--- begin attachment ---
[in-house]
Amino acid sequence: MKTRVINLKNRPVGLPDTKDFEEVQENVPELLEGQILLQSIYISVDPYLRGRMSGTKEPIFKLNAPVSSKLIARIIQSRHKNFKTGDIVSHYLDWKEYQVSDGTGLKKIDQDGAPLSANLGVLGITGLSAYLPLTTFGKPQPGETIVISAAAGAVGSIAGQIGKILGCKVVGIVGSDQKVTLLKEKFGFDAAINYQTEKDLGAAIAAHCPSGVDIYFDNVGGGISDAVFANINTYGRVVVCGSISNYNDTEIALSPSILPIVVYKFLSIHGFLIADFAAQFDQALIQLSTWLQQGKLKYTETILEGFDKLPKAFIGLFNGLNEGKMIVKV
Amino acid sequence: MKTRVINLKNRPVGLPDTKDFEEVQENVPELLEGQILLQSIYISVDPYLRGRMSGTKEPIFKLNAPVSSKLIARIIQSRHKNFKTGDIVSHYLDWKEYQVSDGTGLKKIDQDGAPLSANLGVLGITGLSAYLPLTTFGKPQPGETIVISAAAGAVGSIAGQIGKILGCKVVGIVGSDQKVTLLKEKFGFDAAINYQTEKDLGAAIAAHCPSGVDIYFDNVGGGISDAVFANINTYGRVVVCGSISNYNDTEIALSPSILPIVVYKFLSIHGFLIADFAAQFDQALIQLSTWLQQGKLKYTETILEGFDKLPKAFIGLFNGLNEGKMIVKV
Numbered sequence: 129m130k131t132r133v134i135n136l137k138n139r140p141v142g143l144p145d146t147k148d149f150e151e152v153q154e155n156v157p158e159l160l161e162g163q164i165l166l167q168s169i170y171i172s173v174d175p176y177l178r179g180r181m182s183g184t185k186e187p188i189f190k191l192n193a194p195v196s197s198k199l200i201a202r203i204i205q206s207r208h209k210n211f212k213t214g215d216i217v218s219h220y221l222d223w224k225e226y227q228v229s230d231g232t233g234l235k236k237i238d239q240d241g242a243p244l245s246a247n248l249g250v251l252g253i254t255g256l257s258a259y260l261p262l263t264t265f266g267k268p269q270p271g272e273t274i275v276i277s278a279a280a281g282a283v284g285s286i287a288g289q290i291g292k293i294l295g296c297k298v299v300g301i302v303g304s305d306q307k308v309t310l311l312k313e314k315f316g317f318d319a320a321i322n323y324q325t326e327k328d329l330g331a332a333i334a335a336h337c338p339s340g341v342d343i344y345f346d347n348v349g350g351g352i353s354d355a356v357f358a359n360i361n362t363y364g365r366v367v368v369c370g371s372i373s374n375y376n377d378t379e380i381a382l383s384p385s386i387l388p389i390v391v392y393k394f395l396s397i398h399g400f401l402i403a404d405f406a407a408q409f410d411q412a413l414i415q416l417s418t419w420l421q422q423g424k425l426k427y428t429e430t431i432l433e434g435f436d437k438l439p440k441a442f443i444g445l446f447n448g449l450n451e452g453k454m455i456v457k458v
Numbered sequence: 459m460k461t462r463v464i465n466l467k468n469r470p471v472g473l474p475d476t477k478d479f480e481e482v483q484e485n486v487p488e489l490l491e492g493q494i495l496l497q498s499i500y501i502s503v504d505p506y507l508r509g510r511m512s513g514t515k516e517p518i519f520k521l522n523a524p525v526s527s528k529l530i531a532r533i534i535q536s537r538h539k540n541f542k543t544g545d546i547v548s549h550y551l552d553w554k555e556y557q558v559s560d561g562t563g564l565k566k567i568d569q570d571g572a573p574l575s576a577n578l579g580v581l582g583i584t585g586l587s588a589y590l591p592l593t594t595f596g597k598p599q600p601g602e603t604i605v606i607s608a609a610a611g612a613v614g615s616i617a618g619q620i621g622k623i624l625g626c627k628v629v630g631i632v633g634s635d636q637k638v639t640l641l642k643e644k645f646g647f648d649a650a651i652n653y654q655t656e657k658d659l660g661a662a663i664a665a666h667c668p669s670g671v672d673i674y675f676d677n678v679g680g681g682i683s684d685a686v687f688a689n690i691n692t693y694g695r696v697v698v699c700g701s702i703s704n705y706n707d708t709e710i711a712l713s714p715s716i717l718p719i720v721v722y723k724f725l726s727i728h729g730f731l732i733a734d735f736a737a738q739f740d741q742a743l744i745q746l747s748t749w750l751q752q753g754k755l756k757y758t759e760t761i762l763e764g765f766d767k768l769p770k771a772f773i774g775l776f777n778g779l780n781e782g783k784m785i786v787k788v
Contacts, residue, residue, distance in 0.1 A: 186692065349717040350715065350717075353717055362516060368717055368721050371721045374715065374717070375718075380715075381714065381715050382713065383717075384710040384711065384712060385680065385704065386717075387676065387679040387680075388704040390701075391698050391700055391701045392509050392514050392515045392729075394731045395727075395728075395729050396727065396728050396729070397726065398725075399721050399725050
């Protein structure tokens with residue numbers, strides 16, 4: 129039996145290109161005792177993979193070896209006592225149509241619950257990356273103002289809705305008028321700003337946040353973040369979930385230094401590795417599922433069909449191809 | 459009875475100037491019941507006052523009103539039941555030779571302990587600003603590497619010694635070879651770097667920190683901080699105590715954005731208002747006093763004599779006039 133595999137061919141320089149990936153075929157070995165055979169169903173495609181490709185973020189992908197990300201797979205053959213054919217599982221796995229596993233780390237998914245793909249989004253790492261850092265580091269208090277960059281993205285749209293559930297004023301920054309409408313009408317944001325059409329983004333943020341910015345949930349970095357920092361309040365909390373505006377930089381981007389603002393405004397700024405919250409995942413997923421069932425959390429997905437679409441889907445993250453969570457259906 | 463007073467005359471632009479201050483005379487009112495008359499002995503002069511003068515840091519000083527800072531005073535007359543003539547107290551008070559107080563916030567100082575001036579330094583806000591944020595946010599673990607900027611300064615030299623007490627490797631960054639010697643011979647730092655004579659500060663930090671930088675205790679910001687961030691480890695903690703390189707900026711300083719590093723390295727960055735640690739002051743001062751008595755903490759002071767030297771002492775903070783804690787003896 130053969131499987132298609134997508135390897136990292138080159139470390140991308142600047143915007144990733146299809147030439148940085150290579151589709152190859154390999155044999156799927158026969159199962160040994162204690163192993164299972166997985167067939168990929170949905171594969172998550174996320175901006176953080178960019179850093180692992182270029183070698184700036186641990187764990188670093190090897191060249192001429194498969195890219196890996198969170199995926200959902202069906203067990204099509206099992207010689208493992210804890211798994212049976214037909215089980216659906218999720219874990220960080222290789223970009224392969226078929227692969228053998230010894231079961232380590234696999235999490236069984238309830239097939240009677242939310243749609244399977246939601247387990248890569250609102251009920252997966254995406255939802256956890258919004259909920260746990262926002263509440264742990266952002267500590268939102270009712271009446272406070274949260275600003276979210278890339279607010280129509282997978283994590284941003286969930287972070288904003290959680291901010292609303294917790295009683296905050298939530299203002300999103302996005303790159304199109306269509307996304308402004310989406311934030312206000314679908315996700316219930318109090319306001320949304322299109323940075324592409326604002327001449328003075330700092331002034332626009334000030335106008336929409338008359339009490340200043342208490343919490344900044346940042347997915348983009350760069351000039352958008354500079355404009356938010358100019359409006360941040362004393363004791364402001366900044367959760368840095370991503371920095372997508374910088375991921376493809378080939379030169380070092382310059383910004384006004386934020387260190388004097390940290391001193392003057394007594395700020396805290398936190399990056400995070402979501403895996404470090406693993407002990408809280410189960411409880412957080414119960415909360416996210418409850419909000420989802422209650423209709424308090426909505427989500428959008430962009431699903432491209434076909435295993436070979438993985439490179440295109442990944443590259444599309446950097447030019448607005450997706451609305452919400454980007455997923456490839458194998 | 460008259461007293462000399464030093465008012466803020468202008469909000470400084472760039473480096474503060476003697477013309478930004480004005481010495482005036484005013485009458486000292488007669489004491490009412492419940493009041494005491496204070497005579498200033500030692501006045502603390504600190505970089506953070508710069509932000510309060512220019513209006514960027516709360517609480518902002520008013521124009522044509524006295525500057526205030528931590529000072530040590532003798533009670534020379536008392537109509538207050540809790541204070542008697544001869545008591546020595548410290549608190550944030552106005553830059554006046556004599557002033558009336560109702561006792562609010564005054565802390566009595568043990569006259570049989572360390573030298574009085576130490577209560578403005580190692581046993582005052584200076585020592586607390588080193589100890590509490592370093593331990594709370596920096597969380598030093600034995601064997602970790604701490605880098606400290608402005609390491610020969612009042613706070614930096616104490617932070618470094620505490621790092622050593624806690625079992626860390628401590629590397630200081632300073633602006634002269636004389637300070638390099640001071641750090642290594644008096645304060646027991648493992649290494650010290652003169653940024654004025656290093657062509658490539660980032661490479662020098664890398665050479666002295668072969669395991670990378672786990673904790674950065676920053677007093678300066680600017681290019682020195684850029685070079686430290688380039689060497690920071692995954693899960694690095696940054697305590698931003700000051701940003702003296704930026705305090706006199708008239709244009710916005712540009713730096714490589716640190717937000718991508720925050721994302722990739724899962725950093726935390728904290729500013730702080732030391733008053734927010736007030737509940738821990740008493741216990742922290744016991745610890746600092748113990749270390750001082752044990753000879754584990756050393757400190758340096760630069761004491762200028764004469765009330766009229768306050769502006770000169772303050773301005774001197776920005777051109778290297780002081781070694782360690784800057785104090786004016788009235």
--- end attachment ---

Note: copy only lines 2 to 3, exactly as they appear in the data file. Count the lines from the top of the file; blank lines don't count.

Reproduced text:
Amino acid sequence: MKTRVINLKNRPVGLPDTKDFEEVQENVPELLEGQILLQSIYISVDPYLRGRMSGTKEPIFKLNAPVSSKLIARIIQSRHKNFKTGDIVSHYLDWKEYQVSDGTGLKKIDQDGAPLSANLGVLGITGLSAYLPLTTFGKPQPGETIVISAAAGAVGSIAGQIGKILGCKVVGIVGSDQKVTLLKEKFGFDAAINYQTEKDLGAAIAAHCPSGVDIYFDNVGGGISDAVFANINTYGRVVVCGSISNYNDTEIALSPSILPIVVYKFLSIHGFLIADFAAQFDQALIQLSTWLQQGKLKYTETILEGFDKLPKAFIGLFNGLNEGKMIVKV
Amino acid sequence: MKTRVINLKNRPVGLPDTKDFEEVQENVPELLEGQILLQSIYISVDPYLRGRMSGTKEPIFKLNAPVSSKLIARIIQSRHKNFKTGDIVSHYLDWKEYQVSDGTGLKKIDQDGAPLSANLGVLGITGLSAYLPLTTFGKPQPGETIVISAAAGAVGSIAGQIGKILGCKVVGIVGSDQKVTLLKEKFGFDAAINYQTEKDLGAAIAAHCPSGVDIYFDNVGGGISDAVFANINTYGRVVVCGSISNYNDTEIALSPSILPIVVYKFLSIHGFLIADFAAQFDQALIQLSTWLQQGKLKYTETILEGFDKLPKAFIGLFNGLNEGKMIVKV